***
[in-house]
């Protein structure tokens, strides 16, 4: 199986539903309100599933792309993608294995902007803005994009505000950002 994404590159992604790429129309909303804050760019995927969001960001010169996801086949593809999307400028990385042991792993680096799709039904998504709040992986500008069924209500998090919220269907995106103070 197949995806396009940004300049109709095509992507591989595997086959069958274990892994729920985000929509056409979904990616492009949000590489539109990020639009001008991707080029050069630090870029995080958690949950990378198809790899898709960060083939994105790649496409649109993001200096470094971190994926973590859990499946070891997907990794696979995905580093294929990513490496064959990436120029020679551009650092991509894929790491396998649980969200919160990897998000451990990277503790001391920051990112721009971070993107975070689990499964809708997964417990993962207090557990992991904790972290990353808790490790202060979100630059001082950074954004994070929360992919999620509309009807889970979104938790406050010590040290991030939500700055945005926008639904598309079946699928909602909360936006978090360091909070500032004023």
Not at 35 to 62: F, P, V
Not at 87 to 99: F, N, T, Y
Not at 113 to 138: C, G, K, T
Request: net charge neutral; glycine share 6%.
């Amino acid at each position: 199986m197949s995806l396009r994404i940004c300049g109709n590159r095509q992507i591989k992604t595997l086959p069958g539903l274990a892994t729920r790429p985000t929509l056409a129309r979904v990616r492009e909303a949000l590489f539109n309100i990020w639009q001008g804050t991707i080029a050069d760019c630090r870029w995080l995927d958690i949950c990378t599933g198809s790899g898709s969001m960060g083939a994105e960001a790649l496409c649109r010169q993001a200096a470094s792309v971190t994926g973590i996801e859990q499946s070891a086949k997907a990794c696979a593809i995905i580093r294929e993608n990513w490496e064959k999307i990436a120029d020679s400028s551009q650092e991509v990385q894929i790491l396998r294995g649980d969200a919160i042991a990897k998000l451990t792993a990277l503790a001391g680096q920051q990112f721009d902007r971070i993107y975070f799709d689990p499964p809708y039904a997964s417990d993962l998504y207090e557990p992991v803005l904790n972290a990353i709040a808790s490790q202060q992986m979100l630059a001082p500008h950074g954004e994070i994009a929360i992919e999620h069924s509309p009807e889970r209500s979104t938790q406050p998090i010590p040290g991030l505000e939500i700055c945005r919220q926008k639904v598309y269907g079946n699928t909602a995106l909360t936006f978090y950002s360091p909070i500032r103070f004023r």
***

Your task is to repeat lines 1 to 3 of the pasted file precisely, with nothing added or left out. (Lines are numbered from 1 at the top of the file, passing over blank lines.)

[in-house]
């Protein structure tokens, strides 16, 4: 199986539903309100599933792309993608294995902007803005994009505000950002 994404590159992604790429129309909303804050760019995927969001960001010169996801086949593809999307400028990385042991792993680096799709039904998504709040992986500008069924209500998090919220269907995106103070 197949995806396009940004300049109709095509992507591989595997086959069958274990892994729920985000929509056409979904990616492009949000590489539109990020639009001008991707080029050069630090870029995080958690949950990378198809790899898709960060083939994105790649496409649109993001200096470094971190994926973590859990499946070891997907990794696979995905580093294929990513490496064959990436120029020679551009650092991509894929790491396998649980969200919160990897998000451990990277503790001391920051990112721009971070993107975070689990499964809708997964417990993962207090557990992991904790972290990353808790490790202060979100630059001082950074954004994070929360992919999620509309009807889970979104938790406050010590040290991030939500700055945005926008639904598309079946699928909602909360936006978090360091909070500032004023």
Not at 35 to 62: F, P, V